Saturday, March 20, 2010

A Pokemon Retrospective

The experience I had with Pokemon Gold in 2000 was revelatory, and is really the reason I keep playing the main series to this day. I want to try to recapture the fun I had while playing it back then.

What did it for me was how there were a very good balance of new and old Pokemon, and how the old ones that were in Johto were some of the better designs from the original games made me think that they were really trying to refine the experience from Red and Blue. And when I beat the Elite Four and found out I could go back to Kanto and beat the original 8 gyms again I was enthralled. There haven't been too many moments like that in videogames for me; realizing that I was only halfway through a game in which I would have been satisfied already was a great feeling.

Thus, I expected bigger and better things when Ruby and Sapphire came out in 2003 for Game Boy Advance. I wasn't really interested in any of the new Pokemon, really. I was interested in how they would change the main game, and I was thoroughly disappointed. They stripped out the additional 8 gyms - you only had the 8 new ones they introduced in Hoenn, the new region. What new Pokemon were there seemed to be repeats of old Pokemon, and really the only thing I liked about those versions were the fairly involved quests to get the legendary Pokemon - they had entire areas devoted to getting them.

I played the FireRed and LeafGreen remakes a few times after Ruby and Sapphire and liked them well enough, but have since largely forgotten them. There was quite a break for me in regards to Pokemon until I bought Diamond in 2007 and delved into that game. This post from 2008 about how much I still loved the game a year after it had been released is basically what I can say about how much I liked Diamond.

So fast forward to 2010. Remakes of my favorite Pokemon games have come out, and I have purchased HeartGold. I didn't think I would be, but the Pokewalker excites me. I don't know what it is - I suppose the fact that I am raising Pokemon while working or rollerblading or whatever really makes me happy or what, but I love that little thing. I already even know how to change the battery in case it dies! As far as the game itself goes, I've only beaten two gyms so far and am playing Etrian Odyssey II much more since I got it last week. I'm not sure why, but I think it's because I'm getting very tired of the core Pokemon game experience. I've just done this same quest so many times (and I mean not just in Johto - all the Kantos, Hoenns, and Sinnohs all bleed together to me) that I just don't really care about beating Gyms any more. At least not right now. I would like to murder Red on top of Mt. Silver, and I probably will. I just think I'm going to play through this Pokemon much slower than I've played through the games in the past.

Strange Journey comes out in three days, but I'm not sure if I'll play that right away or hold off and beat Etrian Odyssey II first, since I've already started it and the games are very similar. I think I might need a SMT break as well, so I'll probably beat EOII and the Edgeworth game before I break open Strange Journey. I guess we'll see! After Strange Journey, it will be a while before I feel the need to buy a game at full price brand new for a long while so that will be nice on my wallet!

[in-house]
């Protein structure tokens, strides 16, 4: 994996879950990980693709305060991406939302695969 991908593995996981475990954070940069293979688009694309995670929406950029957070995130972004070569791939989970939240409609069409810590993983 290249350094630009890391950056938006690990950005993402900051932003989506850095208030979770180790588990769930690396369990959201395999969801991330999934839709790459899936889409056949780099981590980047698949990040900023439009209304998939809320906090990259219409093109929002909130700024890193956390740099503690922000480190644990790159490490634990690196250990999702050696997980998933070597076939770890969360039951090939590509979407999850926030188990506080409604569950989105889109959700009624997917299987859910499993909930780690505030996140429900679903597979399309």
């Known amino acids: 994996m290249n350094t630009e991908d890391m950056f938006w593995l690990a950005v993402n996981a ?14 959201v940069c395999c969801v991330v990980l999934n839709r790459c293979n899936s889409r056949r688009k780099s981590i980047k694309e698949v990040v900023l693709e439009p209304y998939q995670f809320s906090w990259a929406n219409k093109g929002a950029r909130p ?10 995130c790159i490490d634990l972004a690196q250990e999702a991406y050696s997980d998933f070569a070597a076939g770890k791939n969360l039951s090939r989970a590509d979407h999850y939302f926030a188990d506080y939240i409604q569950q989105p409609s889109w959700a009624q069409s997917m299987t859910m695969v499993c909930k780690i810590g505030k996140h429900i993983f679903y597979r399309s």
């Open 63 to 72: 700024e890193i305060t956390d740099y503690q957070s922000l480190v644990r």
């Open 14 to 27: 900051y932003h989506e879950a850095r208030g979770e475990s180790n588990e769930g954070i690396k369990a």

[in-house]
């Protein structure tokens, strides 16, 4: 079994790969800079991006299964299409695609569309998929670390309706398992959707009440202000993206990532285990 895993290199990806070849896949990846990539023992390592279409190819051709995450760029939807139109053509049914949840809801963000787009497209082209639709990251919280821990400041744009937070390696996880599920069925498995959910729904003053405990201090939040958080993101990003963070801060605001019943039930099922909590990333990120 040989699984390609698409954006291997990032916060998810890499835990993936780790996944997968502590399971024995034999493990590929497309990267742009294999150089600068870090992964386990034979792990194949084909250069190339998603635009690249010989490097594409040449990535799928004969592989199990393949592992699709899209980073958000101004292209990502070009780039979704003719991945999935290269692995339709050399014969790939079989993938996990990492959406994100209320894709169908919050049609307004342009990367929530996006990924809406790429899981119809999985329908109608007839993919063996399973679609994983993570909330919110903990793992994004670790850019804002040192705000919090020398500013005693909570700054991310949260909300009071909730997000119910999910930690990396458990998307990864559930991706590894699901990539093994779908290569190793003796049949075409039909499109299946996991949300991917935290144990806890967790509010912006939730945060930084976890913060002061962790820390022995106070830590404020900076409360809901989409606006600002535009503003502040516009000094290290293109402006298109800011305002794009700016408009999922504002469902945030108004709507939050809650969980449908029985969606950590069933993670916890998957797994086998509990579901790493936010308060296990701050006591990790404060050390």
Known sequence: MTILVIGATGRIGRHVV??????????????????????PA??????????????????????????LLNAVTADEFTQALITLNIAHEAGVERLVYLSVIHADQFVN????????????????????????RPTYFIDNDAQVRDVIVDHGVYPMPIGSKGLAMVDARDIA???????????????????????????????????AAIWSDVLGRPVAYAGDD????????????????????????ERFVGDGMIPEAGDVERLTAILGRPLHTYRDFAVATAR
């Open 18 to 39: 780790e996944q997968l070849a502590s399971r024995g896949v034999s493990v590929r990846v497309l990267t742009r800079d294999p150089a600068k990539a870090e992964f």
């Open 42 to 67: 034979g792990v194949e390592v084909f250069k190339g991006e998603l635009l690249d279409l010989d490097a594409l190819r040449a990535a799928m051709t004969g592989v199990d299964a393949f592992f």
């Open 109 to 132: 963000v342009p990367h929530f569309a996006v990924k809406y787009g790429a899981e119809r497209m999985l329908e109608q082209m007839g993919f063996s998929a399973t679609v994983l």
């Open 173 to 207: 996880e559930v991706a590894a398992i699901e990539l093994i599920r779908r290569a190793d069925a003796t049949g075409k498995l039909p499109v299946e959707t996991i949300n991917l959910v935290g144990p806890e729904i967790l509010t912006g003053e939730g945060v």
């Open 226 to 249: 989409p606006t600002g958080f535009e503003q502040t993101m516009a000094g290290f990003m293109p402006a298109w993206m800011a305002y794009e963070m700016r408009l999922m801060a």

Thursday, March 11, 2010

SMT: Nocturne, part 1

I am about ten hours into Shin Megami Tensei: Nocturne right now, and I'm enjoying it so far. The combat system seems to me to be a mix of Persona 4 and Devil Survivor (which is interesting because both those games came out after this one). This is because you have one human, and the rest of your party is made up of demons as in Devil Survivor. It is not a strategy RPG, of course, though, and battles play out using the "Press Turn" battle system, which was seen in slightly altered form in the Persona games. It is turn based, and places heavy emphasis on enemy weaknesses, and battles can sway from easy to extremely difficult very quickly if you screw up.

Similarities aside, the game does have a few problems, at least so far. What I had heard of the game's story before I played it made it sound amazing and dark; and I suppose it is, but it is presented very simply with very little exposition. You are one of (apparently so far) three or four human survivors of the apocalypse, and the world is being rebooted and the creatures left have to figure out how it will turn out. Since the overwhelming majority of creatures left seem to be demons, who knows how things will turn out?

Sounds like a pretty decent setting for an RPG, right? By and large, it is, but the story is so bare-bones I find I'm not very interested. Right now, I only care about the battle system, and leveling up my main character and demons, which again, works a lot like Devil Survivor.

As an aside, I really like how the SMT series plays with its mechanics. What I mean is, they don't stay the same from game to game, but build upon each other in interesting ways. You've got your live-action Devil Summoner stuff, your strategy RPG Devil Survivor stuff, and your dating-sim-like Persona stuff, all with demon fusing (and a little negotiation) thrown in. It makes the series very cohesive, even if the stories aren't related.

Anyway. March is looking to be like a very busy videogame month. Strange Journey comes out in two weeks, and Pokemon HeartGold/SoulSilver will be out in just a few days. I'm skipping out on Final Fantasy XIII for now because of these games, and I just ordered Etrian Odyssey II and the Miles Edgeworth games as well, which should both be here next week. Hopefully then I can write about something non-SMT for once this year!